MEMPHIS, Tenn. — After scuffling through a frustrating first three quarters, Memphis Grizzlies guard Ja Morant exploded with a vengeance Tuesday night in one of the most compelling closing performances in recent postseason history. His exploits fueled a fourth-quarter rally that lifted the Grizzlies to a 111-109 win over the Minnesota Timberwolves in Game 5, and a 3-2 series lead in the first round of the NBA playoffs.
Morant’s late heroics started when he elevated for an emphatic highlight dunk in the closing seconds of the third quarter over Timberwolves guard Malik Beasley, sending an electric current through the crowd at FedEx Forum. The slam trimmed the Grizzlies’ deficit to 11 points and roused Morant and his teammates from what was a miserable first 36 minutes of basketball.
“I always get the best view of his dunks,” Grizzlies big man Brandon Clarke said. “I was right there. I was like, ‘Yo, he just brought the ball all the way back and flushed it hard.’ That’s a play that can really get us going, can really get us hyped.”
Morant scored 18 points in the fourth quarter and ignited his team as the Grizzlies roared back to stage their second big comeback of the series. While the 11-point deficit was a far cry from the 21-point margin Memphis overcame in Game 3, the significance of Morant’s play has larger repercussions for a team that has been desperate for a transcendent display from its superstar.
Morant averaged 20 points, 10.8 assists, 7.8 rebounds and 3.8 turnovers, with an unexceptional true shooting percentage of 50.4, in the first four games of the series. Though he paced the Grizzlies to a win in Game 2, and leveraged the pressure exerted by Minnesota’s defense to find open teammates, he’d had a difficult time finding a balance between speed and control.
Such was the case over the first 36 minutes Tuesday night. Prior to the dunk that ended the third quarter, Morant had scored 10 points on 4-for-12 shooting from the field and only 2-for-7 from the foul line. After he missed his first three free throws of the night in the first quarter, fans at FedEx Forum unified in cheer to encourage Morant at the stripe. He subsequently sank his fourth attempt.
But in the fourth quarter — in which Morant played all 12 minutes — he staged an individual comeback and sparked a teamwide one, as the Grizzlies outscored the Timberwolves 37-24. Sixteen of Morant’s 18 points came in the game’s final six minutes.
His relentless attacks at the heart of a Minnesota defense that threw multiple bodies at him generated 10 attempts at the line in the quarter, and he converted nine of the 10. With the Grizzlies trailing by two with just over a minute remaining in the game, he drained only his fourth 3-pointer of the series in 15 attempts to give the Grizzlies a one-point lead — their first lead since the first quarter.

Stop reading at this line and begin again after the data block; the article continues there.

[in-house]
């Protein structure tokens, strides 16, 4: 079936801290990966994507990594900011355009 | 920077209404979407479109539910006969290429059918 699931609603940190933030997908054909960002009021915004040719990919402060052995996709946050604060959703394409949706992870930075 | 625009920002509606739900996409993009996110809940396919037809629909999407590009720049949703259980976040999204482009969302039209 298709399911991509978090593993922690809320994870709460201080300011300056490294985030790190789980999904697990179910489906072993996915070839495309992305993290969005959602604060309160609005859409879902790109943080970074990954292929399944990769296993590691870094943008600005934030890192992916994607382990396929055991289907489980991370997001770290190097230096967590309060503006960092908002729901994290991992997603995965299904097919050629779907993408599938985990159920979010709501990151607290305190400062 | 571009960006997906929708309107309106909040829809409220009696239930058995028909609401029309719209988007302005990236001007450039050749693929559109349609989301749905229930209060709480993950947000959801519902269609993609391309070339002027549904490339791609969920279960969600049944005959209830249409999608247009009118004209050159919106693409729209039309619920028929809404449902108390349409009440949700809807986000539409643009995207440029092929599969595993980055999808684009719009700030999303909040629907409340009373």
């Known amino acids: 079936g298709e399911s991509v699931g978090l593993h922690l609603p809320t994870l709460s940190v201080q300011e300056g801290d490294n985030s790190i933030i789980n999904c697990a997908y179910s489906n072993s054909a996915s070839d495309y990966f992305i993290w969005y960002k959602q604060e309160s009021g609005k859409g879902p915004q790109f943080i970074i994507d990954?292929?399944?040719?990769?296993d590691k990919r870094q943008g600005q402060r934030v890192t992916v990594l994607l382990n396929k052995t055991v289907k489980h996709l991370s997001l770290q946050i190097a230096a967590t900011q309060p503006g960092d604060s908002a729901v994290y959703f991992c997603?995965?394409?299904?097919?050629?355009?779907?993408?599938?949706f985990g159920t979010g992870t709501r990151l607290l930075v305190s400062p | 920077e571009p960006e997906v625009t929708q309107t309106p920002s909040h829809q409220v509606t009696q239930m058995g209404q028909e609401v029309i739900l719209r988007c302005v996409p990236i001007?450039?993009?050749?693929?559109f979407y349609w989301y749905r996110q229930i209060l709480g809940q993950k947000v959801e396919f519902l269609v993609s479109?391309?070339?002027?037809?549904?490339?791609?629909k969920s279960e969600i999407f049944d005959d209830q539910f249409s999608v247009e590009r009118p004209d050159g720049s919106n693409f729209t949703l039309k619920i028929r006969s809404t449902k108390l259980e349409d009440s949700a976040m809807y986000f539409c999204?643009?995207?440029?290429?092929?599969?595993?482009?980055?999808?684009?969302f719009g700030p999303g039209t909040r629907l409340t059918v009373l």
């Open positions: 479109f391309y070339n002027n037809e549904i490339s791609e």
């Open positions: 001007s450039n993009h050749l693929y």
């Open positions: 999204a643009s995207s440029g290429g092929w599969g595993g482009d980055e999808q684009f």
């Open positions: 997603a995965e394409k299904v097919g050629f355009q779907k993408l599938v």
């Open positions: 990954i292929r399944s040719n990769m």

“He was huge,” Grizzlies coach Taylor Jenkins said, particularly in light of Morant’s earlier struggles. “He just had a smile on his face. ‘I made that shot a million times.’ I said, ‘You’re going to make the next one. Just keep shooting, keep attacking.’ This is the fun part about playoff basketball — you don’t know how you’re going to win. You just keep chipping away. Keep trusting it. And obviously, he had a brilliant fourth quarter.”
After Timberwolves wing Anthony Edwards tied the game at 109-109 with a 3-pointer, Dillon Brooks inbounded the ball for the Grizzlies. Edwards guarded Morant but gambled for a deflection on the high side of the pass, allowing Morant a runway to drive into the paint, where he led the NBA in points per game. As he met Minnesota forward Jarred Vanderbilt in the lane, Morant elevated with the basketball between his hands, before contorting clockwise and lurching toward the basket with a left-handed scoop off the glass. Morant’s acrobatics resulted in the game winner with one second remaining.
Asked to describe the play design of the final possession, Morant said only, “Go get a bucket, Ja.”
The high-stakes game between two notoriously brash, young teams was not without its pleasantries.
After hitting a shot over Morant in the fourth quarter, Minnesota guard Patrick Beverley unleashed a taunting gesture to the floor to say that Morant was “too small.” Fifteen seconds later on the ensuing possession, Morant answered with a floater over multiple defenders, then responded with his own “too small.”
As the final buzzer sounded after an unsuccessful heave by Minnesota center Karl-Anthony Towns, Morant and teammate Clarke, who scored 21 points while leading the Grizzlies in minutes, embraced. Clarke was asked what he told Morant in the celebratory moment.
“Thank God we got you,” Clarke said he told Morant. “Thank God that you’re as good as you are.”
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